Sam Preston appears to be living the glamorous life of a journalist at the San Francisco Chronicle…
If only that was the case… in reality, she’s frustratingly single, stuck living in her parents’ house, and oh yeah, in love with her boss, Dave, who barely knows that she exists…
Life seems like it will never change… until the day Sam is put on an assignment with Dave, reporting on the San Francisco Fashion Week. She hopes this might be a turning point in their relationship…
But things never go to plan and practically overnight, Sam becomes an accidental contestant in the Beautiful Curvy pageant and life suddenly becomes very complicated.
How will she manage her new rise to stardom, her job, and her sudden irresistibility to not only Dave, but a new man on the scene?
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At the sound of Tom’s tone of voice, Dave finally realises just how seriously he is taking the situation, and stops feigning indignant indifference. “So are you firing me?”
“No, I’m not,” he admits after a while, while massaging his temples. He’s the editor of one of the most widely read newspapers in the country, so he can never afford to be impulsive. Like all big decisions, it looks like he pondered this one for a while before making his mind up. “That’s not what I said. But I am obliged to do something,” he points out, leaning back in his chair.
Dave doesn’t react, or at least not immediately. He should feel more relaxed after hearing that he still has a job, but there’s a strange look in Tom’s eyes… He’d always been a very straight up guy, one of those people who speaks their mind freely and clearly and who will tell you to go to hell to your face if they have to. So why is he taking so long to get to the point? What exactly is on his mind? Nothing good, that’s for sure. “Come on, then – spit it out!” snaps Dave eventually, unable to stand the tension of waiting any longer. “What do you want me to do? Get down on my knees and beg for forgiveness? Whip myself in public to prove that I repent? Stick twelve dollars in the collection plate down at St Joseph’s?”
“Don’t be stupid. And I have no intention of giving in to Hoffman’s threats either. If Walker can’t handle his wife, that’s his problem. And anyway, none of this makes Hoffman’s situation any more or less serious. He was caught in a car with a girl who isn’t even eighteen years old, so he has absolutely no excuse.” He clicks his tongue in satisfaction. “That was a good one and we are going to keep pushing it.”
“Okay. So what exactly are you thinking?” asks Dave, unable to disguise his anxiety or his irritation.
“So from this moment on, you have to be totally beyond reproach.”
“What do you mean?”
“You know exactly what I mean, Dave! No more screwing around! No more nothing, period.”
“I don’t follow.”
“Ok, then I’ll try and make myself crystal clear,” Tom sighs. “From now on I don’t want to see you at parties. No more flings. No more romantic jaunts to Costa Rica for the weekend. No more getting papped on yachts or with Playboy models…”
“What? Oh come on…” Dave groans as it dawns on him what Tom is saying.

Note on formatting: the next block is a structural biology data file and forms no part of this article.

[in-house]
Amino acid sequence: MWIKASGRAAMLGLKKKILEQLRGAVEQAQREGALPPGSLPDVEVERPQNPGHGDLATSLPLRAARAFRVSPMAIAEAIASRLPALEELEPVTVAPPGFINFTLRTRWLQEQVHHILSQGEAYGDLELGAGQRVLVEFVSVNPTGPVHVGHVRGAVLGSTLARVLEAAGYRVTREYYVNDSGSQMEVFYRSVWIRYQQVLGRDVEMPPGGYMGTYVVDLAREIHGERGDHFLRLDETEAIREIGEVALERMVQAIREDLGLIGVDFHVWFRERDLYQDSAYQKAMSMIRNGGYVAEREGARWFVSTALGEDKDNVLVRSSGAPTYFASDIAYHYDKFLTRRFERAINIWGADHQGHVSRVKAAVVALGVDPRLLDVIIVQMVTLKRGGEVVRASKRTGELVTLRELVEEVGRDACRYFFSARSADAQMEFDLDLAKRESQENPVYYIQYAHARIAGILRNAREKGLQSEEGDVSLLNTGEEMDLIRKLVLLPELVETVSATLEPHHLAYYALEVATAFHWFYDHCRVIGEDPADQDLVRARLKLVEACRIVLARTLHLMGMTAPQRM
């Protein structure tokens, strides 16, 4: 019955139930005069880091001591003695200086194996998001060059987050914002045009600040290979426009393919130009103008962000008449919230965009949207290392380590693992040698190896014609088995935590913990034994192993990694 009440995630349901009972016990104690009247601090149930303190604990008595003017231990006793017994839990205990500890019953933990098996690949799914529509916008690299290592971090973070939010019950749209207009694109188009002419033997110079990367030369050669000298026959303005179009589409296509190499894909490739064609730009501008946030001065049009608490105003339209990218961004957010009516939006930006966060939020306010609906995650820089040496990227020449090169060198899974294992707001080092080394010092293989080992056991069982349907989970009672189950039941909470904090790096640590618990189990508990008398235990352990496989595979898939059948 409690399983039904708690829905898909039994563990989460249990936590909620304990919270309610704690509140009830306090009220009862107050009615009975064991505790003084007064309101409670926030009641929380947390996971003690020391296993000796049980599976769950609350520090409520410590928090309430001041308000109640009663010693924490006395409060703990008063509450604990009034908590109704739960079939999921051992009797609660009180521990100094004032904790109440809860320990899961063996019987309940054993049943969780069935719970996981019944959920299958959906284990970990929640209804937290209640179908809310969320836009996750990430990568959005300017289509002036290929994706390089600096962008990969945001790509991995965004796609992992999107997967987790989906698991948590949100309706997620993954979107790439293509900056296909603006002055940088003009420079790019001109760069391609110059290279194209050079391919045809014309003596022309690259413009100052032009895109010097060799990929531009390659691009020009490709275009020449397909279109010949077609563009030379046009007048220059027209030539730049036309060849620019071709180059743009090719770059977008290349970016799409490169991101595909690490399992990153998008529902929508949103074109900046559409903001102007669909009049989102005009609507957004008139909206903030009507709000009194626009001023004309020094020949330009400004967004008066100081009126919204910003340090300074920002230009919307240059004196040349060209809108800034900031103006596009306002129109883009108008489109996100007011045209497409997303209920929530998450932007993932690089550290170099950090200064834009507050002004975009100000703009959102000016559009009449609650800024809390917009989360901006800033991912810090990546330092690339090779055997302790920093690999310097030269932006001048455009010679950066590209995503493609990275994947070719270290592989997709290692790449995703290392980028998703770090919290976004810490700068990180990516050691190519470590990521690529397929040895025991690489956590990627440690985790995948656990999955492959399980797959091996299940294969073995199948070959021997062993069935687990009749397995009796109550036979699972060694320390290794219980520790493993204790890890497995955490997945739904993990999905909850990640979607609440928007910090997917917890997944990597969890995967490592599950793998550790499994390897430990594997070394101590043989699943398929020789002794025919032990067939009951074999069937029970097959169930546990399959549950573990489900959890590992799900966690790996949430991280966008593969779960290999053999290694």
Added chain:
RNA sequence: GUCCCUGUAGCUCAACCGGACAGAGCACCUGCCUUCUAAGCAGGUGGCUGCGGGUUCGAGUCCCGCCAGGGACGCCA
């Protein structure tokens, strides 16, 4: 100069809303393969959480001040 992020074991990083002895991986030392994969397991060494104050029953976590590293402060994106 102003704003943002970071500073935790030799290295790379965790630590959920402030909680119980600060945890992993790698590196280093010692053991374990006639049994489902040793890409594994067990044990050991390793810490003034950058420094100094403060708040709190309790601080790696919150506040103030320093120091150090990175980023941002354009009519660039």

“The whole world has to think you’re a saint,” Tom continues, regardless of Dave’s reaction. “And I want to see you sitting on the front row in church every single Sunday, if that’s what it takes!”
“Oh, for fu—”
“No, Dave!” shouts Tom, leaning towards him across his desk and pointing an accusatory finger at him. “Maybe you don’t realise how bad this is. You’ve risked a lot here, believe me – a lot!” He warns him. “You’re a great journalist, and a great deputy editor, and the only reason I am saving your ass is because there’s nobody in this office that’s worth half of your big toe. But I’ll be damned if I’m going to lose The Chronicle because of you!” he mutters through gritted teeth and a clenched jaw. “Do you know what I did when I got my promotion, Dave? Do you?”
“No, I don’t,” Dave admits laconically.
“I glued the seat of my pants to this damn chair, and so if someone wants to get me out of it, they’re gonna have to shoot me first and cut me off it. Am I being clear? Do you understand what I’m saying?”
“Yes, quite clear,” Dave stammers.
“Great, so take my advice and get these words into your stupid, stubborn head: if I find out you’ve been anywhere near anything that even looks or smells like a woman, or if you’re even caught looking in the window of a lingerie shop, you’ll be out on your ass. I won’t accept any excuses or justifications and there won’t be any exceptions. Do you think you can manage that?”
“Tom…” he hesitates.
“I want an answer, Dave, and I want it right now.”
“For how long?”
“At least until after the elections.”
“But you’re asking me to abstain for almost three months!”
“Yeah, and that means that in three months time you’ll still have a roof over your head and a salary at the end of the month which you will be able to spend on sex toys and all the edible underwear you can eat, with the compliments of the newsroom. So what do you say?”
Dave thinks it over for about a second before realising that being fired in his field means ending up in the obituaries office or, even worse, writing bitter articles about conspiracies and celebrities on some sad personal blog. Dave knows that he has no choice: if he doesn’t agree, he’ll be moving back into his parents’ basement.
Celia Hayes works as a restorer and lives in Naples. Between one restoration and another, she loves to write. Don’t Marry Thomas Clark reached #1 in the Amazon Italian Ebook chart.
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